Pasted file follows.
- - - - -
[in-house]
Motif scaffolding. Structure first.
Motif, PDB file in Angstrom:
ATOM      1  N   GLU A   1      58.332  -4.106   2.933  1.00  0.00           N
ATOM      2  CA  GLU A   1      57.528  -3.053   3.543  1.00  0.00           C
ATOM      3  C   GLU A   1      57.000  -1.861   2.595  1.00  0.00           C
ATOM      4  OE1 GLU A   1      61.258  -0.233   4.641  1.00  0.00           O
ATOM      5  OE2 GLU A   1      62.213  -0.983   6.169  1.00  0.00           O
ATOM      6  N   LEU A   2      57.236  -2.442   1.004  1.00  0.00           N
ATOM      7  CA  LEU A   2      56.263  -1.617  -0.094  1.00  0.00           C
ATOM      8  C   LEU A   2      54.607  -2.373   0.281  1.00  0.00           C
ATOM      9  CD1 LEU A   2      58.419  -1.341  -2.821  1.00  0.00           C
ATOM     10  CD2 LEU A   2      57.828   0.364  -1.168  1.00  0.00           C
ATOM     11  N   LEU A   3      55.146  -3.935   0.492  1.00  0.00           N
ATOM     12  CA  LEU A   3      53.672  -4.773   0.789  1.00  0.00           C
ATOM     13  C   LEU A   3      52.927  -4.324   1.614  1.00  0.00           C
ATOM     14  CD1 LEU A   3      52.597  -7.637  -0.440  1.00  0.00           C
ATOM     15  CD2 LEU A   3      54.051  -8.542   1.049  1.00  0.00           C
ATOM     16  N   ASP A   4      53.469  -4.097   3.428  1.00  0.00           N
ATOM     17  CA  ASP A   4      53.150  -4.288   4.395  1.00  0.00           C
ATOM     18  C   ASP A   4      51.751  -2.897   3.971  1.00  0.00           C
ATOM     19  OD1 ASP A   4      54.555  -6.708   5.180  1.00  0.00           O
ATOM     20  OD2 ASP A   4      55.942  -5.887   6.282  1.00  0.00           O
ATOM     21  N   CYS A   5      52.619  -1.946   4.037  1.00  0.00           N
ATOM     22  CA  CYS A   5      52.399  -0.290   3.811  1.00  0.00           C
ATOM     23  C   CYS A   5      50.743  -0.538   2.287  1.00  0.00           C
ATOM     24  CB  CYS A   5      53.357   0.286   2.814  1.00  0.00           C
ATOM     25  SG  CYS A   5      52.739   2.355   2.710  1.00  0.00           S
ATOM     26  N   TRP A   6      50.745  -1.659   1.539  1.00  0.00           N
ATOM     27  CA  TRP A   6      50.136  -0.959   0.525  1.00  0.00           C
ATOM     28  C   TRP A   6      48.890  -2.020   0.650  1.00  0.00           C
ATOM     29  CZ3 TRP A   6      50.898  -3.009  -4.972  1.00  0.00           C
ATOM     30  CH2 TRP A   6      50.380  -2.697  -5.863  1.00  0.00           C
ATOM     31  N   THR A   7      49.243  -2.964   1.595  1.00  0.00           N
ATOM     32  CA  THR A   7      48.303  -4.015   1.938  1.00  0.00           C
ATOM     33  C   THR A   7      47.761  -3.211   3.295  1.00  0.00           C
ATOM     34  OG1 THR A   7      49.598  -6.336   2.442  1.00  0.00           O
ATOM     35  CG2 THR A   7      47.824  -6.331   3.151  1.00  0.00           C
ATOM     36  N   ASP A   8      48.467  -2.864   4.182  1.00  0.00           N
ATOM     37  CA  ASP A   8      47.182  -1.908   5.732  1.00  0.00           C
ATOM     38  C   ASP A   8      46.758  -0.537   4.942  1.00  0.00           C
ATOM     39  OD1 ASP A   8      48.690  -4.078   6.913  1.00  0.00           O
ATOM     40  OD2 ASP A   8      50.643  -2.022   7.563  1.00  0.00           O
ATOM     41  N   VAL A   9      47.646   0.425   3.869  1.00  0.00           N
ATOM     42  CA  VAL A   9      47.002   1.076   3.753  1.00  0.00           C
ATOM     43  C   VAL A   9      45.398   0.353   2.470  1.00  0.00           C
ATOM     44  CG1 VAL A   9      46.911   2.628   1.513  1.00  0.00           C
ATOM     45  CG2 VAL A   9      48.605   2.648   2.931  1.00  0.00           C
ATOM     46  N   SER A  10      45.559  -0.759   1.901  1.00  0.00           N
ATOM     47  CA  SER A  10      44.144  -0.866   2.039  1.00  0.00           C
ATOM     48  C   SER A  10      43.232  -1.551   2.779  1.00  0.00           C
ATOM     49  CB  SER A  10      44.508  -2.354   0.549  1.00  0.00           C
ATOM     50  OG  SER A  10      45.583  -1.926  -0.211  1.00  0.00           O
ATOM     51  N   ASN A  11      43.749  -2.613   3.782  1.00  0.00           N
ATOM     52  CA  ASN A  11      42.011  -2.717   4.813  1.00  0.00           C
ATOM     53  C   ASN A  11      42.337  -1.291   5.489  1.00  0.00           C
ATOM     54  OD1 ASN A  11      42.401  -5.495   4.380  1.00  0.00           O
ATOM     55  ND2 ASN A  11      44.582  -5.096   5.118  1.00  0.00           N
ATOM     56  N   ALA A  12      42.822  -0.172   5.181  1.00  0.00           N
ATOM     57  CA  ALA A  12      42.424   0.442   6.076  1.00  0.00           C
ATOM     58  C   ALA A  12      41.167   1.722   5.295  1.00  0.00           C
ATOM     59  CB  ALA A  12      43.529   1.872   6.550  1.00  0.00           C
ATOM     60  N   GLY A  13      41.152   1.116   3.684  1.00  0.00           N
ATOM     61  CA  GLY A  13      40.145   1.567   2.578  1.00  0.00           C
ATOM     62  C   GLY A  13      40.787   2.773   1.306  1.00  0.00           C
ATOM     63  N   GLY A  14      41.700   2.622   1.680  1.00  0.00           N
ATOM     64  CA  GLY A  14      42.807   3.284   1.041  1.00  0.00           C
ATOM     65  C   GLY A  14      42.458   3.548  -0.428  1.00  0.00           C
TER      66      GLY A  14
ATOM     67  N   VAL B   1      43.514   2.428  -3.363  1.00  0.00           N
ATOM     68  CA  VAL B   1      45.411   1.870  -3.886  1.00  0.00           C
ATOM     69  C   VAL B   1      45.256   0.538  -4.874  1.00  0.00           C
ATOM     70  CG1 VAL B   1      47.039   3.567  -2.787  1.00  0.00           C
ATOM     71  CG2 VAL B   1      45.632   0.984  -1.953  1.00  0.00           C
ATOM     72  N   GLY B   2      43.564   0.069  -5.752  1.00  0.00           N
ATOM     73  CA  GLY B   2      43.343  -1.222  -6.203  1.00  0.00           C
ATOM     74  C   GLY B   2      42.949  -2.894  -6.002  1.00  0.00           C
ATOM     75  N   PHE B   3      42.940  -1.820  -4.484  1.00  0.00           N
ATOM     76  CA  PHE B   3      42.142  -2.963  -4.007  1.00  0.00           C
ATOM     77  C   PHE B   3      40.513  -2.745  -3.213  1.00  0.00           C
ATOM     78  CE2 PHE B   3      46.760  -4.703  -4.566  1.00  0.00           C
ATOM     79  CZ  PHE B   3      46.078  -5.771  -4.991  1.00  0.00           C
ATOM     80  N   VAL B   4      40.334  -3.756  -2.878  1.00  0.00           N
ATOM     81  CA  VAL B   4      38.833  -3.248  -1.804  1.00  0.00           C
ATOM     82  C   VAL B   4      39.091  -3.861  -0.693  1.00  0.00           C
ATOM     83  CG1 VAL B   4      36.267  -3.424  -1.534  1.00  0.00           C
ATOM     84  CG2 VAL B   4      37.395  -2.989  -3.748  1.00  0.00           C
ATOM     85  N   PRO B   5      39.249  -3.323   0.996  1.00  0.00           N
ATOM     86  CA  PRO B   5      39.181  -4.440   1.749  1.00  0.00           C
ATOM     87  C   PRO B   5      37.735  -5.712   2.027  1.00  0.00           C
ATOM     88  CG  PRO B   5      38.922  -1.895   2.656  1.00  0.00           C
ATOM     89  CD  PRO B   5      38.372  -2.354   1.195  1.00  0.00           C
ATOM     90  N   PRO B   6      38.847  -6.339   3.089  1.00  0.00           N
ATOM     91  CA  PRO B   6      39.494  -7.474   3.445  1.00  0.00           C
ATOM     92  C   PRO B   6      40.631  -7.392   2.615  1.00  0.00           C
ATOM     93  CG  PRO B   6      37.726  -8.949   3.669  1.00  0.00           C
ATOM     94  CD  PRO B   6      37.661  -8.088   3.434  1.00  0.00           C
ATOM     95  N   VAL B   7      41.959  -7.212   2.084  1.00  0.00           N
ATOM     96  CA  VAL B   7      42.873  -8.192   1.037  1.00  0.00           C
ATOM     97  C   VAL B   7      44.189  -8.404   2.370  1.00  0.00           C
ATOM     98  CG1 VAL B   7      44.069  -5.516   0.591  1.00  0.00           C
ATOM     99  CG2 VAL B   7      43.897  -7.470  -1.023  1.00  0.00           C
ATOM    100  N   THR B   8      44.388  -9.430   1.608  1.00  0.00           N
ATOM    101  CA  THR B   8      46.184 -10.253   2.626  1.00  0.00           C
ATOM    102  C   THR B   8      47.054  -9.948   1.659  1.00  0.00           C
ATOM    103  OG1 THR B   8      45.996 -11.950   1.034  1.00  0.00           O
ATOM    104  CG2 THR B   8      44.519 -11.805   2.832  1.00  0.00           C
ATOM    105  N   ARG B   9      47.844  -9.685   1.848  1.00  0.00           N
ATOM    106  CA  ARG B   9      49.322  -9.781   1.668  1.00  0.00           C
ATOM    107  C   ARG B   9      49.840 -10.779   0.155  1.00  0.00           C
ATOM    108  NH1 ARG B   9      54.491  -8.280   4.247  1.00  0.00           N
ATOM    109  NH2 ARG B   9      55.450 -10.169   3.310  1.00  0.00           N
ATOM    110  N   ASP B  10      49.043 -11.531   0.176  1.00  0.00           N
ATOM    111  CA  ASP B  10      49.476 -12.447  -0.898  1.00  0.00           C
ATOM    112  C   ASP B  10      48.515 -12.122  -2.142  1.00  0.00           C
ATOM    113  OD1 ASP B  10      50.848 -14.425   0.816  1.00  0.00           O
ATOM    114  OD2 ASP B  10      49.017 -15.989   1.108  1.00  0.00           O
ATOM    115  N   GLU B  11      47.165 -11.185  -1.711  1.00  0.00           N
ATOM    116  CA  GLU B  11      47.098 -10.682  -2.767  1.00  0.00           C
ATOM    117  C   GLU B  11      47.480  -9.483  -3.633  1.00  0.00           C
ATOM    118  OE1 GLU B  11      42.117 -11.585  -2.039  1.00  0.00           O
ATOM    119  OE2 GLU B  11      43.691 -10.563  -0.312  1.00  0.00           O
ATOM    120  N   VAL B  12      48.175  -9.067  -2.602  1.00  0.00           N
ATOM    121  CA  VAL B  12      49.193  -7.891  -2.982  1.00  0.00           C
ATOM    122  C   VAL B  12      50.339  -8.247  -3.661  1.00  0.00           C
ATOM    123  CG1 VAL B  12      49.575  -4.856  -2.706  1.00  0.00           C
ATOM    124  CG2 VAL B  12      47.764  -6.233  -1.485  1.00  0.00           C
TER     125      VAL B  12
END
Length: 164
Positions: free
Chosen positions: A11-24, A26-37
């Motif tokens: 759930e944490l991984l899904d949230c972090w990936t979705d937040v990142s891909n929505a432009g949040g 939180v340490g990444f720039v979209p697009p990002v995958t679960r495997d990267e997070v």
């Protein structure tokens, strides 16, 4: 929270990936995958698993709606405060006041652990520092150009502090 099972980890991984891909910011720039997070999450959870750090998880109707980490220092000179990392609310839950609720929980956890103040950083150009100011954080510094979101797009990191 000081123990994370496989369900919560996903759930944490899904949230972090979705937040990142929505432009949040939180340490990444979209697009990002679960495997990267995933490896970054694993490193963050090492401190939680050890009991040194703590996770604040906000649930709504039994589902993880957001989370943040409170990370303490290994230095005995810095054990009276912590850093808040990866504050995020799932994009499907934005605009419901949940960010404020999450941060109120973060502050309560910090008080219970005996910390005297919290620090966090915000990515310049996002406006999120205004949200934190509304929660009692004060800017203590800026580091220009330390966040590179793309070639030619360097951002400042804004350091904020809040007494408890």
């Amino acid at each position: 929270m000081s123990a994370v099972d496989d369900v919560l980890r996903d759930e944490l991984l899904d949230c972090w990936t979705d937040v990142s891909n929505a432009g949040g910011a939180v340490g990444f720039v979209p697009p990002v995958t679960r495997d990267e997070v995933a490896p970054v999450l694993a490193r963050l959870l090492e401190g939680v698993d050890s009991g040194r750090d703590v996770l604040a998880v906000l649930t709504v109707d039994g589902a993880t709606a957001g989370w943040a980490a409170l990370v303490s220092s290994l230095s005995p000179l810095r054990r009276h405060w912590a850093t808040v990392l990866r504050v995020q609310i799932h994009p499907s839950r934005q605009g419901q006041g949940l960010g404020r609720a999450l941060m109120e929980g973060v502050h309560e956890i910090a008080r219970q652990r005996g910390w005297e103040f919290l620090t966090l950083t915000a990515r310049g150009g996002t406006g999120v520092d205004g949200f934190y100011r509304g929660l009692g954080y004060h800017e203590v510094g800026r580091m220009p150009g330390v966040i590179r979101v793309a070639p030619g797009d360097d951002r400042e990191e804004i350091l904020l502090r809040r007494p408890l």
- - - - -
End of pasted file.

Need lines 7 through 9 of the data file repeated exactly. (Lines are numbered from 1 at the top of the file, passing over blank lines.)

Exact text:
ATOM      4  OE1 GLU A   1      61.258  -0.233   4.641  1.00  0.00           O
ATOM      5  OE2 GLU A   1      62.213  -0.983   6.169  1.00  0.00           O
ATOM      6  N   LEU A   2      57.236  -2.442   1.004  1.00  0.00           N